In the case of e-commerce websites, you can track the monetary value of each acquisition to accurately measure ROI. For non-e-commerce websites, you will need to assign goal values. Goals are actions that are completed by a user, such as sign-ups, contact form submissions, demo-bookings, etc… . By using historical data to determine lead conversion rates, you can assign a goal completion value that is as realistic as possible.
Image Source: Online Metrics
For example, if you know that 5% of leads that submit a contact form enquiry end up converting into a customer, and the average value of a customer is $20,000, then a contact form enquiry is worth $1,000. You now have your goal completion value to report ROI using Google Analytics.
Here is an article from Optimize Smart which goes more in-depth about using GA as an ROI analytics tool.
Aside from connecting Facebook to Google Analytics using goals tracking, you can also insert Pixel Codes onto your website, to directly see conversion information directly from within Facebook Ads Manager.
Conversion Tracking enables you to use optimized cost per impressions (oCPM) and show ads to people who are more likely to convert at the most efficient bid possible.
Source: Facebook Developers Site
The great thing about using a system like Hubspot, is that it is basically 3 systems in one. A CRM, a Marketing Automation Software, and a Sales Automation Software, all in one. What this does, is it allows you to have the entire funnel monitored by one tool. Of course, there are 3rd-party integrations involved, such as Facebook Ads, Google Analytics Tracking, Shopify Integration, etc… but these are so tightly integrated that it feels like the user never has to look outside of Hubspot.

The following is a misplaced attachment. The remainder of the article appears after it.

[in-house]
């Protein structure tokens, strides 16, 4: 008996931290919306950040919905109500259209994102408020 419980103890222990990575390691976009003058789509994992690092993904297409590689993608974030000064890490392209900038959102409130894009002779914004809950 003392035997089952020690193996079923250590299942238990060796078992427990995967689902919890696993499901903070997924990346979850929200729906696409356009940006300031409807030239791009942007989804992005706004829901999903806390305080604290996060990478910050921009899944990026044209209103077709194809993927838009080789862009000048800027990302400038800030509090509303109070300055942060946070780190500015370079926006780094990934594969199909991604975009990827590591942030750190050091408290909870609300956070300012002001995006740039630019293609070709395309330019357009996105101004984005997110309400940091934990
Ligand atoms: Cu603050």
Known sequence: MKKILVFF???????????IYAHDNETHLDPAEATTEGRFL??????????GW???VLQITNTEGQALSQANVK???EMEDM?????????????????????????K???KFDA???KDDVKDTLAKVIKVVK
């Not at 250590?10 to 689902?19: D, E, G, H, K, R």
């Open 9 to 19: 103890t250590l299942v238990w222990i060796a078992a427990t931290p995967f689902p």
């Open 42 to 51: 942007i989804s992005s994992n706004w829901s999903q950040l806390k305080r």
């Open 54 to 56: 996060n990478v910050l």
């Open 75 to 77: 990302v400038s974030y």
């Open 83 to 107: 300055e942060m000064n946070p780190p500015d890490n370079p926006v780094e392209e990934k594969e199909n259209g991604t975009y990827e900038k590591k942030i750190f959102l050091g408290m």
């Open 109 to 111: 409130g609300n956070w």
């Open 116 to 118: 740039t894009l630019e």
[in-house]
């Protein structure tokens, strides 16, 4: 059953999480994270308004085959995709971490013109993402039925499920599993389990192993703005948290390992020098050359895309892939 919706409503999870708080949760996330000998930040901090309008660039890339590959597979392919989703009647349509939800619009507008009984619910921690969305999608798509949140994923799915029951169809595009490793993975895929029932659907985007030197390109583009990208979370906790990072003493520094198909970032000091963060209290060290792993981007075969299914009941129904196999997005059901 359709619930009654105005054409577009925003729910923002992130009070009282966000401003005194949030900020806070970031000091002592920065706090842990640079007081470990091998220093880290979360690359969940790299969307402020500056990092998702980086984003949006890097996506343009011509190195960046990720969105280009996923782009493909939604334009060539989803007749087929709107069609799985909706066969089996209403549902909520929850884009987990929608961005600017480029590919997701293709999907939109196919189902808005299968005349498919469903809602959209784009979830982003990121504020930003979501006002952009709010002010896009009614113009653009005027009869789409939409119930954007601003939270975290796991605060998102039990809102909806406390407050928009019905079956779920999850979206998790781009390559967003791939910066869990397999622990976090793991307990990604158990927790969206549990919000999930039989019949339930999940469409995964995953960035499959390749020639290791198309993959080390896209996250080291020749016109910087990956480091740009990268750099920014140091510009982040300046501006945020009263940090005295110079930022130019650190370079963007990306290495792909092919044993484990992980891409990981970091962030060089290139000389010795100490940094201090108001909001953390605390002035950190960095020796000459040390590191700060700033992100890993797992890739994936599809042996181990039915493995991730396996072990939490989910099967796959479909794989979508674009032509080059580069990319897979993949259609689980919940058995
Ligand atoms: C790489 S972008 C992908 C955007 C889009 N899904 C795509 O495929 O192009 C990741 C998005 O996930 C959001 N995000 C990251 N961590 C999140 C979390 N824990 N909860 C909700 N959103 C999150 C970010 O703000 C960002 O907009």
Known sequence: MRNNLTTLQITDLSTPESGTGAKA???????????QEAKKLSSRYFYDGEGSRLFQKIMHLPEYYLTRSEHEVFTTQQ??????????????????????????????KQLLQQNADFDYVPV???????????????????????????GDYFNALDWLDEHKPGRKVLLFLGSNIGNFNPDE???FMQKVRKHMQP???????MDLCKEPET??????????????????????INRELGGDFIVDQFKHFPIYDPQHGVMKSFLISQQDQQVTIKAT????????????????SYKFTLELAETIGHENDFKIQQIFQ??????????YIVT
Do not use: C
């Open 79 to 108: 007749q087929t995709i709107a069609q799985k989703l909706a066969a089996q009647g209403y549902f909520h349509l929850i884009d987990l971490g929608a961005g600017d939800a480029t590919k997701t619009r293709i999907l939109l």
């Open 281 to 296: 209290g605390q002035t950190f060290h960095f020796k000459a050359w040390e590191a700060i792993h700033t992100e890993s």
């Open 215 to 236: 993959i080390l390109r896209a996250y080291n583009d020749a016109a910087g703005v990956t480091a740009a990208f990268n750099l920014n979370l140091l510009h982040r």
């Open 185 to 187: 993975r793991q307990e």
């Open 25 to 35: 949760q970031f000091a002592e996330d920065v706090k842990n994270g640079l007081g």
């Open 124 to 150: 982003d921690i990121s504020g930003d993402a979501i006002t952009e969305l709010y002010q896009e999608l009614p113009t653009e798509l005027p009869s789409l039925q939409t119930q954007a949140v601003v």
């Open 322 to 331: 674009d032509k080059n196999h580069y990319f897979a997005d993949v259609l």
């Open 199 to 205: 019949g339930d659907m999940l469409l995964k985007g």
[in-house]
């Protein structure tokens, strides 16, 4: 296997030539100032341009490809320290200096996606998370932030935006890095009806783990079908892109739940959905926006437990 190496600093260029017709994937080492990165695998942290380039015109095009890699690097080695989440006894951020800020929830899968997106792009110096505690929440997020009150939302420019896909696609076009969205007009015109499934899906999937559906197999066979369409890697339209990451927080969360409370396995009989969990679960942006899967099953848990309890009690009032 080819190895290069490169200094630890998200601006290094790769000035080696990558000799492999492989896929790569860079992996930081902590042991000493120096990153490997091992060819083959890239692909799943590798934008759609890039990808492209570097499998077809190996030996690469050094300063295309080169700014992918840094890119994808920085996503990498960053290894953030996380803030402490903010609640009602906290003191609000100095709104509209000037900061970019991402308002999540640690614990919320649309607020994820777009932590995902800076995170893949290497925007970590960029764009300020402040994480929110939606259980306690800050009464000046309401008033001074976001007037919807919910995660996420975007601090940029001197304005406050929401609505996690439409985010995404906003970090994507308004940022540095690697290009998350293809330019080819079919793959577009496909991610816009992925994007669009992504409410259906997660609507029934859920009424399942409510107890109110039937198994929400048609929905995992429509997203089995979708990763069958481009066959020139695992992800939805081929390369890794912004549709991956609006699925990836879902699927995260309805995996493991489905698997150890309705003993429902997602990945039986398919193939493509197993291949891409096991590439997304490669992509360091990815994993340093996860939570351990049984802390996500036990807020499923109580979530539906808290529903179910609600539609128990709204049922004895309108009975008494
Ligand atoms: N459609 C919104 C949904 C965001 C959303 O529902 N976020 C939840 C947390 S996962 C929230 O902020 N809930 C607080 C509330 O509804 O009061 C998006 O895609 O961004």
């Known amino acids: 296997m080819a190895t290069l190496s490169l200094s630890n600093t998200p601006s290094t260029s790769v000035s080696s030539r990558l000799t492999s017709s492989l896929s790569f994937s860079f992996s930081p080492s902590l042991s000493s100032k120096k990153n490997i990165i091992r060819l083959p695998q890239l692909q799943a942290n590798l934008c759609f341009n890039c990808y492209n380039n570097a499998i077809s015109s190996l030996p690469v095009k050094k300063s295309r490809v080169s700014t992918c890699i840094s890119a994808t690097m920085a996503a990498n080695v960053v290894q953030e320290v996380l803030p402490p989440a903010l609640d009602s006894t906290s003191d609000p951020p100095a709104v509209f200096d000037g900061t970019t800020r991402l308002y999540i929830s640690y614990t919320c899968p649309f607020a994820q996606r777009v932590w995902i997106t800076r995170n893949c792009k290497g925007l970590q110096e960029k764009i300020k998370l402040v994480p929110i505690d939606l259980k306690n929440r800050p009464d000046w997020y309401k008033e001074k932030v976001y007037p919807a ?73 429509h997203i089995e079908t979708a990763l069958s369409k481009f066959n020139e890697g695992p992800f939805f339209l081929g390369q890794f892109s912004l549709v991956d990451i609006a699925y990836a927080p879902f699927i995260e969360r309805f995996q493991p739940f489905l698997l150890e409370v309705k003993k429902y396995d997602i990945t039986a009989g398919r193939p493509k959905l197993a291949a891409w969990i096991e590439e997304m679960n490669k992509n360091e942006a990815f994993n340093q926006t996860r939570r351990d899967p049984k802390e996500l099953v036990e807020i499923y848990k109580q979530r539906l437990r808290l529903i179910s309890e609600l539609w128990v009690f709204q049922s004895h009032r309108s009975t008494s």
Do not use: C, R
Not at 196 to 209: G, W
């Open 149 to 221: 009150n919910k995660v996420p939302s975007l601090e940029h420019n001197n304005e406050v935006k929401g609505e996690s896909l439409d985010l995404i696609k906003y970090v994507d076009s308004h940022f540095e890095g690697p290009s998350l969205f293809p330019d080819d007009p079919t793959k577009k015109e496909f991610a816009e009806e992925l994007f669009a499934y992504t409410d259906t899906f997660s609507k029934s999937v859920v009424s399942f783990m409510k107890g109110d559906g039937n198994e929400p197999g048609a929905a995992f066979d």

In the context of ROI reporting, Hubspot does this by tracking original source of each contact, such as Organic Search, Paid Search, Social, etc…). When you create a deal in Hubspot, you can assign an associated Company, and associated contact(s). This basically bridges the gap between a Deal with a dollar value, and a contact with an original marketing source. Having that breakdown allows extremely accurate ROI reporting, because you are not basing the value of each goal on a nominal value, such as Goal Completion Value in GA.
Creating ROI Dashboards
As I mentioned in my post about measuring success, I like to use a tool called Databox to build custom dashboards. Databox allows me to pull data from multiple sources. I can report on ROI in a number of ways using Databox. Using a tool like this, I can place all of the parts my ROI formula on one dashboard. I can have the marketing investment (displayed as Google Ads Total Cost, Facebook Total Cost, etc…), as well as the total return (displayed as total revenue from Woocommerce. Shopify, Total Goal Completion Amount, etc…).
Image Source: Databox
I have said it time and time again. Proving Return on Investment is the ultimate key to proving marketing success, and wherever possible, ROI should be the main KPI measured. Pay less attention to the vanity metrics, and start measuring the real tangible stuff.